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Archive for Sunday, October 23, 2005

23rd Street strategy

A new plan maps out a strategy to limit turns and increase safety on Lawrence’s 23rd Street.

October 23, 2005

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A plan scheduled to be presented to Lawrence city commissioners Tuesday already has gotten some mixed reviews from business owners along 23rd Street.

HNTB, an Overland Park engineering firm, has put together a plan to reduce the number of curb cuts on 23rd Street between Louisiana and Iowa streets. The idea is to improve driving safety along that busy stretch by reducing the number of options people have for turning into driveways to access businesses along the street.

But what's good for safety isn't necessarily good for business. Reducing the number of access points to a business or requiring drivers to take a more roundabout route to reach the front door generally isn't something business owners will favor. In this case, however, the situation on 23rd Street is bad enough that almost anything might be seen as an improvement.

There are a total of 55 curb cuts on 23rd Street between Louisiana and Iowa streets. At a busy time of day, with traffic dodging in and out, it seems like even more. The HNTB plan would consolidate and remove access points to reduce the number of curb cuts to 38. The changes plotted individually in the plan mostly make sense from a driving standpoint.

Some larger businesses, like Dillons, that have two 23rd Street curb cuts leading to their parking lots, would have one centrally located access point. A number of smaller businesses would share a curb cut, meaning the only access would be through someone else's parking lot, a move that would require some easement agreements. In a couple of cases, businesses would lose their access from 23rd Street entirely, forcing their customers to enter from a north-south street.

As noted, the changes make sense from a driving safety standpoint, but perhaps not from a business standpoint. In some cases, by the time a driver sees a certain business, he or she may be past the curb cut that gives access to that business. Drivers also will be forced to double back to some businesses, and traffic patterns within parking lots may get more hazardous.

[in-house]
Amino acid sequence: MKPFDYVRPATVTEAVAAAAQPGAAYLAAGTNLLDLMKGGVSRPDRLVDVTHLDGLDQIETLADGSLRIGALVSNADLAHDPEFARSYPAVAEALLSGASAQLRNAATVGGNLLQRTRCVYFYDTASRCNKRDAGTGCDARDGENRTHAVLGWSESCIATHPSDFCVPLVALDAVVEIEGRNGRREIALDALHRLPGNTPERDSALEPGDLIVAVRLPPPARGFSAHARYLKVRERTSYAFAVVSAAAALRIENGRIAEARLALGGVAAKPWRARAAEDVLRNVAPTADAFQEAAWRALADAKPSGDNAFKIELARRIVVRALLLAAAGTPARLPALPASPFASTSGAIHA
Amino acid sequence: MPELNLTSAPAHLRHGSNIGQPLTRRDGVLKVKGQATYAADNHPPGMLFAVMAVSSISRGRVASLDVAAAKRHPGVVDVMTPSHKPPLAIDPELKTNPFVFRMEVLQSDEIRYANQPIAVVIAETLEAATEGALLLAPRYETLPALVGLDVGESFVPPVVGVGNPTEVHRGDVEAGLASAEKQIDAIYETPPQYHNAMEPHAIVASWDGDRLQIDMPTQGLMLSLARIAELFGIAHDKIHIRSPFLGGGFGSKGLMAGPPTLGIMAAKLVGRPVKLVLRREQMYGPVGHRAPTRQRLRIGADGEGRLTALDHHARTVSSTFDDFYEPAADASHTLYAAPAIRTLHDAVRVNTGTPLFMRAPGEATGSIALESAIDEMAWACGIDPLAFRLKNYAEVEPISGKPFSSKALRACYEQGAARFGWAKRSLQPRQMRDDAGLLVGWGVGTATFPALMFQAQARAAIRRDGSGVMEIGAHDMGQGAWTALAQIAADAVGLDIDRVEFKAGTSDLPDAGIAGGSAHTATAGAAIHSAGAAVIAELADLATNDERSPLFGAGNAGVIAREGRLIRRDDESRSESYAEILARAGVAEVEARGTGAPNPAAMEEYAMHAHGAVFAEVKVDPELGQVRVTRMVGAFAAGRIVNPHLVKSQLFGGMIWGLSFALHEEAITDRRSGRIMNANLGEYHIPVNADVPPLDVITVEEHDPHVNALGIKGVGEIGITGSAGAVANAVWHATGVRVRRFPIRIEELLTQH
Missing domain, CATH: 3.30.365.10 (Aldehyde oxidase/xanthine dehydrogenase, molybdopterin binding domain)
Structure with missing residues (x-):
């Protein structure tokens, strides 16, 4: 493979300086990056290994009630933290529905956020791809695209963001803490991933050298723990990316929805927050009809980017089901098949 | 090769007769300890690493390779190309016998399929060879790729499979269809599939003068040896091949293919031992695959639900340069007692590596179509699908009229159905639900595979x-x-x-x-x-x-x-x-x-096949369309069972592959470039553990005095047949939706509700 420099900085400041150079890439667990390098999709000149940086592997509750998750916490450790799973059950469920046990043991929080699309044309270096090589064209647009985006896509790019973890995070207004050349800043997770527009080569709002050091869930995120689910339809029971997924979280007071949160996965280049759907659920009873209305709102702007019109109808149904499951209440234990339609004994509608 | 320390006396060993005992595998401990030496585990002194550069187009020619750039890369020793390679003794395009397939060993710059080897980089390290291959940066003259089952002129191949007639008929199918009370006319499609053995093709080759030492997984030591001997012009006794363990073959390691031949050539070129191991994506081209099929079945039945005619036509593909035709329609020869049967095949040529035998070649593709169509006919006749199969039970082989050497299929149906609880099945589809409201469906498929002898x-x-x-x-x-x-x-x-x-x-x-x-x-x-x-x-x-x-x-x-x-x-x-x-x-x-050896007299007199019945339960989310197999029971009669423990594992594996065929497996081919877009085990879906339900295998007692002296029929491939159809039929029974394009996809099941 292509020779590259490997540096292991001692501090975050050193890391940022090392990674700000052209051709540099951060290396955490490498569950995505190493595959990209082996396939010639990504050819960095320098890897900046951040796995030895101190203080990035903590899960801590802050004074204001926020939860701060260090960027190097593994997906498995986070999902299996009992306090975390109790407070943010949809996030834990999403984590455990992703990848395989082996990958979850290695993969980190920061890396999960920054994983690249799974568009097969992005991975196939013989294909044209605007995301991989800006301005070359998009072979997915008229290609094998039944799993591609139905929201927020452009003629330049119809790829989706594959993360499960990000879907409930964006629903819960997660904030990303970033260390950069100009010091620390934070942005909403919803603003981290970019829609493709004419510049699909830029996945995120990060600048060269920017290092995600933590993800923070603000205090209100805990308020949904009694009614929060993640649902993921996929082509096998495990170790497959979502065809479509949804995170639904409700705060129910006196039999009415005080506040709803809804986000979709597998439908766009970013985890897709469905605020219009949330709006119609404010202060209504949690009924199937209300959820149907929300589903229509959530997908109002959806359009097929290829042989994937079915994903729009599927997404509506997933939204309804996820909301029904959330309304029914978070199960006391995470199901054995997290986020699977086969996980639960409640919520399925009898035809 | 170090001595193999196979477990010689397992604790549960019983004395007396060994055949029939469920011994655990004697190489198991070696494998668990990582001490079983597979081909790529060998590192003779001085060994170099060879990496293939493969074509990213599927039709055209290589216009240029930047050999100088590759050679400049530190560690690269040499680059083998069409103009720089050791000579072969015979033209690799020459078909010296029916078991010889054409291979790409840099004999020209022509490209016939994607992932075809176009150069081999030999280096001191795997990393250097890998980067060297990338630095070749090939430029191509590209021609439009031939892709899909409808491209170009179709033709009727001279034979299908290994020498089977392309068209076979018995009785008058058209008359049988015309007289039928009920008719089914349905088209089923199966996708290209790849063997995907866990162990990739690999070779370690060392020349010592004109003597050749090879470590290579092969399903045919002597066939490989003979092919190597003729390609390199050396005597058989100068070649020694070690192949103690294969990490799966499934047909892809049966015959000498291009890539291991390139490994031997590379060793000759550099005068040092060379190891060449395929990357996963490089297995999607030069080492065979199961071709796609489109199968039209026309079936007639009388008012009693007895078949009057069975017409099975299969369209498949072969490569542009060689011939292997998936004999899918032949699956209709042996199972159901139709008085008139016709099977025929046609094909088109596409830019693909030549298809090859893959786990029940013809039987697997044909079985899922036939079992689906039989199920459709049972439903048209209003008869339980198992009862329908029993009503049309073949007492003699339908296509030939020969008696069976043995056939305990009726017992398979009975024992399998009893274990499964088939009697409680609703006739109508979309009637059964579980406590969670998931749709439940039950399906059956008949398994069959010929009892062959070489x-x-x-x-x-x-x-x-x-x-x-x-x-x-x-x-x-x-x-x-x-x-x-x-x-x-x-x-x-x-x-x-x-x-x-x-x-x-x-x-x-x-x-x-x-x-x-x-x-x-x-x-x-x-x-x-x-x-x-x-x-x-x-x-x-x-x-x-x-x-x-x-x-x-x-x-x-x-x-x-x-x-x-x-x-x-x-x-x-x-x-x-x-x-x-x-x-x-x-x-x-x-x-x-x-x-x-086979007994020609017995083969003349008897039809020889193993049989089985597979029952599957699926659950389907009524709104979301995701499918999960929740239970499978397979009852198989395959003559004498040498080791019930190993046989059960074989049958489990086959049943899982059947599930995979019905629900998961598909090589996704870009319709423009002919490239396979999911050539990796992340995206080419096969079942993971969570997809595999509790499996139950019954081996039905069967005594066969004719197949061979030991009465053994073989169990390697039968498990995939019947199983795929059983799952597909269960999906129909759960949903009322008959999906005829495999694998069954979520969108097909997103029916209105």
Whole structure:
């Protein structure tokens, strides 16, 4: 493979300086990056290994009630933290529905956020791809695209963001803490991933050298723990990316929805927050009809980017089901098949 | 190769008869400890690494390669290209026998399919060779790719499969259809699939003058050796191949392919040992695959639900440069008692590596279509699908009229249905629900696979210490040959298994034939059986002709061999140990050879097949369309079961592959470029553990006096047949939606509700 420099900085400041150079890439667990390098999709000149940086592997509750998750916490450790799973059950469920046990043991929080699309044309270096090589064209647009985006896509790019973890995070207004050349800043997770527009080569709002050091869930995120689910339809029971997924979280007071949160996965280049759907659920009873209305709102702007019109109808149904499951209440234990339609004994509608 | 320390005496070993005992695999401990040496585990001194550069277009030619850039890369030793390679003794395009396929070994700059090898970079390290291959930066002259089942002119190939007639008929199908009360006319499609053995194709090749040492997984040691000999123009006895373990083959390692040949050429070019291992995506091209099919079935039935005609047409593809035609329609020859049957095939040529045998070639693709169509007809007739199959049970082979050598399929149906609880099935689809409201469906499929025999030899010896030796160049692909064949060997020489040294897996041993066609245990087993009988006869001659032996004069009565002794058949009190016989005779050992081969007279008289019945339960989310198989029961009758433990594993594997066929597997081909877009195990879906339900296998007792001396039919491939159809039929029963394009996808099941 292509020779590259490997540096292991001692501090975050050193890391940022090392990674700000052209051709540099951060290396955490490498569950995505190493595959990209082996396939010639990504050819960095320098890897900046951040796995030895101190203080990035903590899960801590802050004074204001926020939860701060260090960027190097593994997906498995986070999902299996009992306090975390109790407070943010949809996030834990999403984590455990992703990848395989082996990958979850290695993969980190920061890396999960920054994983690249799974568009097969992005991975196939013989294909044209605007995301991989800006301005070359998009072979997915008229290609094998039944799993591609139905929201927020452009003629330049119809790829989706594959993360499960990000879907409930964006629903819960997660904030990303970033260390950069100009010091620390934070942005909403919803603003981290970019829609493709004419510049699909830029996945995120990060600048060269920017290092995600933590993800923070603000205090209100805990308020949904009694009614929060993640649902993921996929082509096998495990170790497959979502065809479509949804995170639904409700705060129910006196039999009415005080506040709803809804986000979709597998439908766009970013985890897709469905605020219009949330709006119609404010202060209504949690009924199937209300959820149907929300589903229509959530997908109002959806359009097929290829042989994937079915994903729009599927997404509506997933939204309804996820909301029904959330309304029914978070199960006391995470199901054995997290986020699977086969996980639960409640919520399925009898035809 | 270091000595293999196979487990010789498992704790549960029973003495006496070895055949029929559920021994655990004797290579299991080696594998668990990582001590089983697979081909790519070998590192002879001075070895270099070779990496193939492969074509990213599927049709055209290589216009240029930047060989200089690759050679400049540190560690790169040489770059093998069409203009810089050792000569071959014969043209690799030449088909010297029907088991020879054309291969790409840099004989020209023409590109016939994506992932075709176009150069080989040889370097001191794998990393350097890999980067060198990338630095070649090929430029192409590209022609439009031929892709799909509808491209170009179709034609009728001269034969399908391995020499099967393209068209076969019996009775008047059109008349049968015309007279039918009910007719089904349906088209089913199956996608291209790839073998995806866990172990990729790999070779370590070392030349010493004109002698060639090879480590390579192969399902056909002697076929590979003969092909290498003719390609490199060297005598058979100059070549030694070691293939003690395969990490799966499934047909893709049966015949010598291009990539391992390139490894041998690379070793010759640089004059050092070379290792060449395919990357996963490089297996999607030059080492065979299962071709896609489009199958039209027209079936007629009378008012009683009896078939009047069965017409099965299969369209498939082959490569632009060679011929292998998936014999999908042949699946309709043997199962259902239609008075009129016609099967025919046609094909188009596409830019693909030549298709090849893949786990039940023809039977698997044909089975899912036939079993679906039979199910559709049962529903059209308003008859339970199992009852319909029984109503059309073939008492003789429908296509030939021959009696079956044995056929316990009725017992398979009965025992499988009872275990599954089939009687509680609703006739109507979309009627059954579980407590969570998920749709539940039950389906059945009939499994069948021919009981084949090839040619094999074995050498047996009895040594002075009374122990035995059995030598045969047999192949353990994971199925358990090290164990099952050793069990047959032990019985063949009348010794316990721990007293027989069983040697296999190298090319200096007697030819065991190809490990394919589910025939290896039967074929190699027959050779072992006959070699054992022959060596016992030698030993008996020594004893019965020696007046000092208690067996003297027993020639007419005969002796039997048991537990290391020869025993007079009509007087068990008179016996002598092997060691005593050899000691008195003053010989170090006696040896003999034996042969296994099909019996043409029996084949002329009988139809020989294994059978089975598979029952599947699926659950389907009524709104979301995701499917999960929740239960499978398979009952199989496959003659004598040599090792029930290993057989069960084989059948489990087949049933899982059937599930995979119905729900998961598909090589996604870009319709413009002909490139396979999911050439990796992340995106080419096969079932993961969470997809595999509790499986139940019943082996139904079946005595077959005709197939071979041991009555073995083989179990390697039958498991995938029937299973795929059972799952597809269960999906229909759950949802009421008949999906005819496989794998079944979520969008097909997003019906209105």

The plan to be presented Tuesday is a "conceptual" plan that addresses goals established in an earlier study aimed at improving safety and traffic flow along 23rd Street. In meeting with property owners who would be affected, the engineers and city staff members have found some support, but also some concerns. In some cases, the city might have to condemn property to move forward.

City officials have said they hope to have some businesses volunteer to make changes rather than being forced to make alterations. A few success stories, they say, might allay the fears of other businesses along the corridor. Making all the changes on the conceptual plan would cost about $770,000, of which the state would pay 75 percent. In addition to the new curb cuts, the city may also help with other improvements like reconfiguring parking lots.

Twenty-third Street may be Lawrence's most prominent monument to poor planning. The original planning for businesses in the area simply didn't anticipate the volume of traffic the street now carries. Reducing the number of curb cuts on 23rd Street won't please everyone, but it may be the best available solution for a bad situation.

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